Pathways to re-joining the workforce 

Kevin Vashi looks at some of the barriers preventing the unemployed from returning to work

The UK is currently in the grip of an unsustainable job market. The rate of unemployment in the UK reached a historic low of 3.7% in 2022, and yet businesses are still struggling to fill vacancies. Organisations are finding it hard to rehire after pandemic redundancies, and the skills gap is widening with sectors such as digital and cybersecurity reaching critically low levels. But where is the recruitment shortfall coming from? 

The Treasury announced in the 2023 Spring Budget that there are currently more than a million vacancies in the UK, and one-fifth of the eligible working population are “economically inactive”.  This means they are neither employed nor unemployed, and not currently seeking work due to other commitments such as caring responsibilities or long-term sickness. 

As employers and employees navigate unfamiliar territory, what plans has the government put in place to encourage people to re-enter the workforce, and how can short training courses help deliver on their pledges? 

Caregiving responsibilities can make it challenging for individuals to return to work. For example, parents with young children may struggle to find affordable childcare or flexible work arrangement

Barriers to re-entering the workforce 

There are several reasons why people struggle to return to work after a period of absence. Some of the most common factors include physical or mental health issues, lack of job opportunities or caregiving responsibilities.

One factor that can prevent people from returning to work is health problems. The number of people unable to work due to long-term sickness has risen sharply since the beginning of the pandemic and as of late 2022, it reached a record high of 2.5 million. Individuals who have suffered from a serious illness or injury may need time to recover before they can start working again, and similarly, those with chronic conditions may require ongoing treatment or allowances to manage their health and perform their job roles. People may struggle with ongoing health conditions that prevent them from returning to their previous unskilled or manual jobs but find themselves unequipped and unqualified to apply for other roles.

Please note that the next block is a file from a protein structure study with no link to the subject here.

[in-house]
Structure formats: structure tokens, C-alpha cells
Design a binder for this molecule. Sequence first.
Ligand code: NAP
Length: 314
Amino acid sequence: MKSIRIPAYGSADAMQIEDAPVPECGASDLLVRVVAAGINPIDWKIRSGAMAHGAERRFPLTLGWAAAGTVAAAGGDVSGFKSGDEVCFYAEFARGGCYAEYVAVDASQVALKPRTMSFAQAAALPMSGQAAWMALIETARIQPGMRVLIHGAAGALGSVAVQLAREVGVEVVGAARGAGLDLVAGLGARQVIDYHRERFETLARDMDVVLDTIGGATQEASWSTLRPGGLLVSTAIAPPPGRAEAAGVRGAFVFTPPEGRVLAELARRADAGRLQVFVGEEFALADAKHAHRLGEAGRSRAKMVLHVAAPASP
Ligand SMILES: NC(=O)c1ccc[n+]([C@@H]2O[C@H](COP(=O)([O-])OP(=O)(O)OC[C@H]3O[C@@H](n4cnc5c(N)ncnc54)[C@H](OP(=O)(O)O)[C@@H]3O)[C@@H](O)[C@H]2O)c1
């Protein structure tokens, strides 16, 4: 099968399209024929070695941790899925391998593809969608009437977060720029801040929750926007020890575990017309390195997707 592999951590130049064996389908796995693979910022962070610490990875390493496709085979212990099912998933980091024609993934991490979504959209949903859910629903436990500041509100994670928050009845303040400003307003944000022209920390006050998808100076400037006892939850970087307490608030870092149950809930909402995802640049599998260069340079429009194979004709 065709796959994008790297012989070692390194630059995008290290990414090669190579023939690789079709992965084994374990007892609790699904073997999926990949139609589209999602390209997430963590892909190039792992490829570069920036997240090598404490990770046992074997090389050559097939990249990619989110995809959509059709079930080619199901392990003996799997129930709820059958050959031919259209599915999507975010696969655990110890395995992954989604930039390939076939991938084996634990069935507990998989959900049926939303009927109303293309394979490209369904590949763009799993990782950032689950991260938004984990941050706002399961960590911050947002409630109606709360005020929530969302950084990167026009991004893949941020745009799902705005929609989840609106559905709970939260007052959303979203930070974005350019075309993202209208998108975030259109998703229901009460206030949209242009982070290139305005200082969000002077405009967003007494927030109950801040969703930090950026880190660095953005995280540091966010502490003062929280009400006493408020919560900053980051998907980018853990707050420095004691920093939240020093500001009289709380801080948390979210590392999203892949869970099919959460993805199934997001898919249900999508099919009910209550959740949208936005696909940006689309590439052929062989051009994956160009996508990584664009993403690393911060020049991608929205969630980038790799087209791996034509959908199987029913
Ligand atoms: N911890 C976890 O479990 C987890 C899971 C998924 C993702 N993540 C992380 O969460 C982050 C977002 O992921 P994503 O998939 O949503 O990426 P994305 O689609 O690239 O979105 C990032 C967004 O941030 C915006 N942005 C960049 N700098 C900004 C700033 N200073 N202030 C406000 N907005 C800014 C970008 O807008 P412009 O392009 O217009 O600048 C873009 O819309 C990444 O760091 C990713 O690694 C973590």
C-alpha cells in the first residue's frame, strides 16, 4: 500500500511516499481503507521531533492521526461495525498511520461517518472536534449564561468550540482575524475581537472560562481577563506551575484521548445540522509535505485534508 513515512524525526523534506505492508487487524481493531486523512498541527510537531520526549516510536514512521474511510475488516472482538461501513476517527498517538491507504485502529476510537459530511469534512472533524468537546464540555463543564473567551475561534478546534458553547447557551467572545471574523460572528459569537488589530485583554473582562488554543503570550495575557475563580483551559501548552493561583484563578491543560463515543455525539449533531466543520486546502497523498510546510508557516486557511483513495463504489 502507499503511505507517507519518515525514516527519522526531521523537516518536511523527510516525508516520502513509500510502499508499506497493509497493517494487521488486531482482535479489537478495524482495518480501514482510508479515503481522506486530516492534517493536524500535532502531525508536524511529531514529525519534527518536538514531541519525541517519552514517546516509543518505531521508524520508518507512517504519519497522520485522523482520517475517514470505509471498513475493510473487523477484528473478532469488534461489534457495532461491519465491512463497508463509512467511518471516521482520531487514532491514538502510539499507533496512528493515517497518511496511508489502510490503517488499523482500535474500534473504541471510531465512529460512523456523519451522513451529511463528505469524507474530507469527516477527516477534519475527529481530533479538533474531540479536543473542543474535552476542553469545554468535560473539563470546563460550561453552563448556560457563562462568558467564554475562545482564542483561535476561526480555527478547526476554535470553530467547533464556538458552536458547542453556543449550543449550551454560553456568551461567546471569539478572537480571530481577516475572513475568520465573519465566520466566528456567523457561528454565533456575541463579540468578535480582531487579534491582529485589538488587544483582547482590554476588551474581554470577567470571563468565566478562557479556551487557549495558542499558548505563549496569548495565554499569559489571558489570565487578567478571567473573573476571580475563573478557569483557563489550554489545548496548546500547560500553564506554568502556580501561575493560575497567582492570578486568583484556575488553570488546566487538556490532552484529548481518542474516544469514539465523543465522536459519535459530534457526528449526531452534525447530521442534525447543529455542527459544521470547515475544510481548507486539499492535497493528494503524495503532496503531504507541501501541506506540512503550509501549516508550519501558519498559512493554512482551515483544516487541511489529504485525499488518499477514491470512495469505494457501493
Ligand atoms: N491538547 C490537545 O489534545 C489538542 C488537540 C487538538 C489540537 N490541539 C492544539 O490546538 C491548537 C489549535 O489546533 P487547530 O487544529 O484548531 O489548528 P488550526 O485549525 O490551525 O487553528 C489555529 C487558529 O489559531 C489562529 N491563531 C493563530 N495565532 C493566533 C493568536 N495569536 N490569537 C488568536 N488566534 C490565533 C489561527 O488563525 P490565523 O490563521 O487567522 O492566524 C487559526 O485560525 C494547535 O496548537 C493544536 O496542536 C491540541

Another challenge that many people face when trying to return to work is a lack of job opportunities. This can be particularly difficult for those who have been out of work for an extended period due to other commitments, as they may have fallen behind on industry trends or lost touch with their professional networks. In fact, research from the World Economic Forum suggests that 40% of the UK’s working population lacks digital skills. Certain industries may also have limited job openings or require specific qualifications that can be difficult to obtain. 

In some cases, caregiving responsibilities can make it challenging for individuals to return to work. For example, parents with young children may struggle to find affordable childcare or flexible work arrangements that allow them to balance their work and family responsibilities. Nursery costs have risen significantly in recent years, with the annual cost of a full-time nursery place for a child under two increasing by 44% since 2010. These rising costs have forced parents to make difficult decisions in sacrificing career progression.  

Finally, some individuals may experience psychological barriers to returning to work. For example, they may feel discouraged by previous job rejections or struggle with anxiety or depression that makes it difficult to cope with the stress of job searching and interviews.